Once I got my reed strength dialed in, I found the response of the mouthpiece was very even across the range of the instrument, with low notes speaking cleanly and evenly and palm keys staying nice and full without any funny voicing required. I struggled a bit with the palm keys on the first-gen Robusto unless I went to a hard reed, which made the low notes suffer for me.

Intonation was good on my 10M and my Mark VI. I don't really have intonation problems with the Link, the RPC or the Intrepid either, fwiw. All four of these mouthpieces play in tune on both horns, no problem.

To make an overly-long story short: if you found the first generation Robusto to be interesting, but a bit too buzzy and/or free blowing, this one might just do the trick for you. If you liked the first generation...this one is probably also good? But I guess you're already happy, right?

On top of all of that, Mark is a really great guy to deal with. Always friendly, always enthusiastic and always quick to respond to any questions.

Really nice work, Mark. I'm super happy with this mouthpiece. I feel like I could take this to just about any setting and not need to worry about wishing I had brought something else.

Discussion question: Should we be moving away from hard rubber in general and towards advanced plastics like Ultem?




*To be clear, that's a me issue, not an issue with the Intrepid. It's really beautifully made. Not saying it's harsh in general. Bob Franceschini sounds absolutely fantastic on his, as do a number of SOTW-ers.
 

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Wow, that was great to read and very in-depth.
First of all, I’m so glad you are loving the mouthpiece!
Secondly, I’m glad you were able to understand first hand how the changes done have peaked the playability of the mouthpieces. I can tell you guys about the updates made and how fantastic these play, but it’s best when you are able to experience it yourself.

Every model is playing at its apex and outplays the first generation pieces. As I have said before, the originals played great for me, I loved them---but it isnt until you make changes to something, that you are able to really compare, and improve something to make it even better. ALL of my models are greatly improved now.
All of my model designs are the same in both hard rubber and Ultem. My new craftsman has the playability and the voicing of the pieces at its peak. The balance of mids, lows, and highs, are really fantastic on every model now. Eric leaned towards brighter and freer, and the thinness of the tip rails did not help. I am so happy to have my new craftsman doing these pieces, and all the facing curves are all in place for each model in each tip size, to optimize the playability. All of the pieces have the power and the punch available still, but they are smoother.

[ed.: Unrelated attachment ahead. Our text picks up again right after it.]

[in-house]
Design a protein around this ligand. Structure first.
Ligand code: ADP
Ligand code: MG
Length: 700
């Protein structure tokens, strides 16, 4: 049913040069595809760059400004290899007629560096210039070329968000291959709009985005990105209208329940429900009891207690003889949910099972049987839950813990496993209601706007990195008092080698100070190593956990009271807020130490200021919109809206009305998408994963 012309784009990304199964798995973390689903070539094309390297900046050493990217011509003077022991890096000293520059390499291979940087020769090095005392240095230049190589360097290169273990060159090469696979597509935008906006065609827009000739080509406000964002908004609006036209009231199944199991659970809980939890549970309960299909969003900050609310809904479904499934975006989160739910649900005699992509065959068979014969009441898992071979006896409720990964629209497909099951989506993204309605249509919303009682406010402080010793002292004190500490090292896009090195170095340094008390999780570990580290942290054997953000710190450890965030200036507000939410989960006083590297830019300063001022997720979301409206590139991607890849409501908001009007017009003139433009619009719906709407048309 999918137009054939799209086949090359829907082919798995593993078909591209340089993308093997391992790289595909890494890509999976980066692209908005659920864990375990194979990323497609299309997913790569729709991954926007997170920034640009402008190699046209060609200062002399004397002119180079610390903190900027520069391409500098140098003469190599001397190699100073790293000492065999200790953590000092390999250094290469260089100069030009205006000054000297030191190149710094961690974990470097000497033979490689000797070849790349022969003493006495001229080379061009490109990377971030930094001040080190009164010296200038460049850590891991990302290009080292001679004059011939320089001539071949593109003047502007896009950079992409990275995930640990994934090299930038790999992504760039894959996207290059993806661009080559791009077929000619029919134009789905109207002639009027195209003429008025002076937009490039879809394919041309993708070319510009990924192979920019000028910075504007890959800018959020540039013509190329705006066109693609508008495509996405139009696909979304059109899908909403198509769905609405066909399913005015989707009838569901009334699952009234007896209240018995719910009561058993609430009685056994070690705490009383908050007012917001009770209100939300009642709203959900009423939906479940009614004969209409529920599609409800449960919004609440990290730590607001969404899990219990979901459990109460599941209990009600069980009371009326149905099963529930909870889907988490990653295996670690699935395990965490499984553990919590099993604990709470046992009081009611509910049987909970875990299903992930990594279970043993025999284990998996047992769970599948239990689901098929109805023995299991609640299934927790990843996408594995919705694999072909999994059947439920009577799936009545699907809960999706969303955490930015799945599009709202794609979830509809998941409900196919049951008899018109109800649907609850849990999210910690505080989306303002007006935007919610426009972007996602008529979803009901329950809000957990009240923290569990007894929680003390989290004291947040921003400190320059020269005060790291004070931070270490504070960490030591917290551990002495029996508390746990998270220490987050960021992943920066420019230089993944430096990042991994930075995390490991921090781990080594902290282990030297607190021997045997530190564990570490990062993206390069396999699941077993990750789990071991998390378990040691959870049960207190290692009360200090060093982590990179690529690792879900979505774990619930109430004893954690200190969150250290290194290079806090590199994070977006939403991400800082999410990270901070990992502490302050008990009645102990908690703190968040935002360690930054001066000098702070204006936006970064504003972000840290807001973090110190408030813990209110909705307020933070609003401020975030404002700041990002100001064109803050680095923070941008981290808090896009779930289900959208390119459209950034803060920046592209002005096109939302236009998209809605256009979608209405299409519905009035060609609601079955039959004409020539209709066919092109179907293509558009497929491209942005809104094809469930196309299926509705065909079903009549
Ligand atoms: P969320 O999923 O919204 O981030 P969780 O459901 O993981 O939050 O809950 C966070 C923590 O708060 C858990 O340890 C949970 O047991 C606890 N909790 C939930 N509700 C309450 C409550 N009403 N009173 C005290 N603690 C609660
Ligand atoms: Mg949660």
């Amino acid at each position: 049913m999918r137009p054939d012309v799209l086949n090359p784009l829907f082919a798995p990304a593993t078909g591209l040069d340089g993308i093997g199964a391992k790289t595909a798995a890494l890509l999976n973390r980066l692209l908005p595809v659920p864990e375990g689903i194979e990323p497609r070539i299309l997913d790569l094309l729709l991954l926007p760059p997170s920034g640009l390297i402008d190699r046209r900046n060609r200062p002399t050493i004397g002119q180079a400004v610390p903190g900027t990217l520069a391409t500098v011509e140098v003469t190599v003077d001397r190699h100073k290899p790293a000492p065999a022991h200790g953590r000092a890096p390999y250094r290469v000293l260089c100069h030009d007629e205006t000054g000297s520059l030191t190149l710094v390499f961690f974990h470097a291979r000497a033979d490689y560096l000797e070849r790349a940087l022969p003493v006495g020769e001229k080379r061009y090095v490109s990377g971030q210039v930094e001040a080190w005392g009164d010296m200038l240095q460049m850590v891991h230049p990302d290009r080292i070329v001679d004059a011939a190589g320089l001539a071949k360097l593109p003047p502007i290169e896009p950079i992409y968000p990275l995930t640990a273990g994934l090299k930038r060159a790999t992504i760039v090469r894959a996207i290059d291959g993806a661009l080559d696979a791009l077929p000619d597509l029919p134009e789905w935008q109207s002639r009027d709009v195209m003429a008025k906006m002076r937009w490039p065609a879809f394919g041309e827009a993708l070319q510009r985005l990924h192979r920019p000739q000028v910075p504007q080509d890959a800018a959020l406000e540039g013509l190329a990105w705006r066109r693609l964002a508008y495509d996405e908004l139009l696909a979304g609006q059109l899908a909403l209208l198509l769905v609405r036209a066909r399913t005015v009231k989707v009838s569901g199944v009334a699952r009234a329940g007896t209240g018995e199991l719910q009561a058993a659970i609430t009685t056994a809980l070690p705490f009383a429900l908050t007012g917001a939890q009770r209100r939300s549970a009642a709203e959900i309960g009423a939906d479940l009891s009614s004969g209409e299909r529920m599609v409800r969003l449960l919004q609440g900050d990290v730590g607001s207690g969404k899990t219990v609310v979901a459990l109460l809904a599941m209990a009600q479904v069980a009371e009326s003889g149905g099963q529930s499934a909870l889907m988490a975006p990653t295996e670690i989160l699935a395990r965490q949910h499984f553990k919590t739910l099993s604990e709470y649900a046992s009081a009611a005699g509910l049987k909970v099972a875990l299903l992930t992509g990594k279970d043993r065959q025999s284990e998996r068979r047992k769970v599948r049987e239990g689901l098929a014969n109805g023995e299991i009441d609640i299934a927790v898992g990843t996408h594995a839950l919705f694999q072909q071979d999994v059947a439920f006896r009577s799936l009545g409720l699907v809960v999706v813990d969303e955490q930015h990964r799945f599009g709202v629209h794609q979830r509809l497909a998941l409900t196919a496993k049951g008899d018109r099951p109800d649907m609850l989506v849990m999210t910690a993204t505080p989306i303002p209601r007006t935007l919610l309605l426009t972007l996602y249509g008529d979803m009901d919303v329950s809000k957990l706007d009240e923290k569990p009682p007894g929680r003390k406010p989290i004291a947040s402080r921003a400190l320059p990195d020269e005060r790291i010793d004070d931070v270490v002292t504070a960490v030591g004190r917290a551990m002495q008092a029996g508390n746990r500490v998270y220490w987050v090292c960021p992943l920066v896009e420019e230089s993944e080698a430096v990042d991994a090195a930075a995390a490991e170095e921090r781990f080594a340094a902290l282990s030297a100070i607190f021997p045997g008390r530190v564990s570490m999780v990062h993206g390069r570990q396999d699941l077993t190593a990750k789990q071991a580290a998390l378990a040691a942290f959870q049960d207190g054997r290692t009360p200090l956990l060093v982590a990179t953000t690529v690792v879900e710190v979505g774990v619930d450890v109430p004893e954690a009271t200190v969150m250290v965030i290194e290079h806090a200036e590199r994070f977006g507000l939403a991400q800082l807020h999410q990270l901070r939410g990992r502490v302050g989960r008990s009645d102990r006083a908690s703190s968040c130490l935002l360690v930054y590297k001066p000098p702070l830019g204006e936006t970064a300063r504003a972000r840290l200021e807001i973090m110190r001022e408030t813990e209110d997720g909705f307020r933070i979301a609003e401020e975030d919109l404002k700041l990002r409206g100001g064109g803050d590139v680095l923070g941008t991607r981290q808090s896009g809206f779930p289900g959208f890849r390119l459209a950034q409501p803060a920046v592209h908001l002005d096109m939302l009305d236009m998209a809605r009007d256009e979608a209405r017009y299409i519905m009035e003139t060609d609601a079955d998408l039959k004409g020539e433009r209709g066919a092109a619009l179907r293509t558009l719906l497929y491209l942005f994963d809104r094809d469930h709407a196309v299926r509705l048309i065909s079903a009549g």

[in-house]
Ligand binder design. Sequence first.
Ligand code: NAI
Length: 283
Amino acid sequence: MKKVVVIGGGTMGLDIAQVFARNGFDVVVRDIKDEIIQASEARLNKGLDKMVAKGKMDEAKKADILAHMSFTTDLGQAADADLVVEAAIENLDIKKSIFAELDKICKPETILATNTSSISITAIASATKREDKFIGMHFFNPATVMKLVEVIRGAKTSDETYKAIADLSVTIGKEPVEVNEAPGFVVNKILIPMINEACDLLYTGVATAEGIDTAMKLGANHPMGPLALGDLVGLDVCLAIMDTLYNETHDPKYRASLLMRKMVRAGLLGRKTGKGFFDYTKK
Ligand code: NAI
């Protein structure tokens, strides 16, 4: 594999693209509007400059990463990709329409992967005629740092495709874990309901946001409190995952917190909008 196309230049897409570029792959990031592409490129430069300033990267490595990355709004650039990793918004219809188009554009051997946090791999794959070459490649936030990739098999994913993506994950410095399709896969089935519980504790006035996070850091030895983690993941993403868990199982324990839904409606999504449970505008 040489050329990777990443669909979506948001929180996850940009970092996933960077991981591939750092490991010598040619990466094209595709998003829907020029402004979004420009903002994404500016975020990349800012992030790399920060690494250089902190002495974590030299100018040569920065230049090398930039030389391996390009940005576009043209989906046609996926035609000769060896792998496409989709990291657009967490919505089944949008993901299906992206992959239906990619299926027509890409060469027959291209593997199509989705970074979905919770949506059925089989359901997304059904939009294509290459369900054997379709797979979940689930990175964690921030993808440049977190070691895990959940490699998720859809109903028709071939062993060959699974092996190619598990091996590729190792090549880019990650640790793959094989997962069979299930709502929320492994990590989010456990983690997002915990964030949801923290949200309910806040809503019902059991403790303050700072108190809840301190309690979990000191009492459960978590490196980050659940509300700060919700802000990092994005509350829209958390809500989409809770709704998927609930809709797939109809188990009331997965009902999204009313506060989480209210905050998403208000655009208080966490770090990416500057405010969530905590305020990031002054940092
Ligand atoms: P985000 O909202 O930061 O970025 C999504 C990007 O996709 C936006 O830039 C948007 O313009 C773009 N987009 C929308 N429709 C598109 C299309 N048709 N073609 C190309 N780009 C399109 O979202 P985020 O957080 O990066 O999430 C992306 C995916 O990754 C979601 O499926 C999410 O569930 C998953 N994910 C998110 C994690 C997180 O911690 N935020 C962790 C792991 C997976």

I am glad that you feel you can color the sound the way you want now. The pieces before were too free blowing for many, and the curves were too long on the tips below 8*. I have heard this from many players, so I knew it was time to make adjustments, and the feedback so far on the new Generation ll pieces has been outstanding.
I also know that players have been very appreciative of the price point. To get a masterfully hand finished mouthpiece for $299, is a gift. This was going to be an initial offering, and then I would go up in price after a few months, but I’m not sold on that at this point, so we shall see. Maybe I will keep it right here for good.
I also appreciate the kind words about me....that means a ton to me.

*** If you find in time that you’d like more punch and brightness with more freedom in the blow, my Showtime model is the perfect call for that. ***

Again, thank you very much for your great feedback. Others will have that same experience, and I am really grateful for that.

All the best, Mark
 

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“Discussion question: Should we be moving away from hard rubber in general and towards advanced plastics like Ultem?”


Hi Max,
There are a lot of players who will only play hard rubber. There are a lot of players who will only play metal. There are a lot of players who will play rubber or metal. There are a lot of players who don’t care if a piece is plastic or a hard rubber.

In other words, there is something for everyone. 😀

The Ultem is great and I am so happy to be offering pieces in this material.
I’m happy to offer for less money per piece with this material, so more players can afford to get into my mouthpieces and I will sell a lot in volume.
As long as I have five orders for the same size and tip opening, I will offer these on a regular basis. I was going to just offer them as a limited offering, but I’ve gotten so many orders already, that I’m ready to rock ‘n’ roll.

Just keep the emails coming telling me what you guys want and I will continue making groups of five.
If you are a hard rubber guy and don’t want to play this material, no worries, the hard rubber pieces are always available. I can tell you as a pro player, these Ultem pieces play phenomenal and I may end up on one full-time.
I’m having my size made as we speak, for both tenor and alto.
 

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Just keep the emails coming . . .
I got my alto Daddyo 6 piece last night.

Looks beautiful: fit and finish are perfect. The workmanship really is excellent. The Ultem material is perfectly comfortable to play on.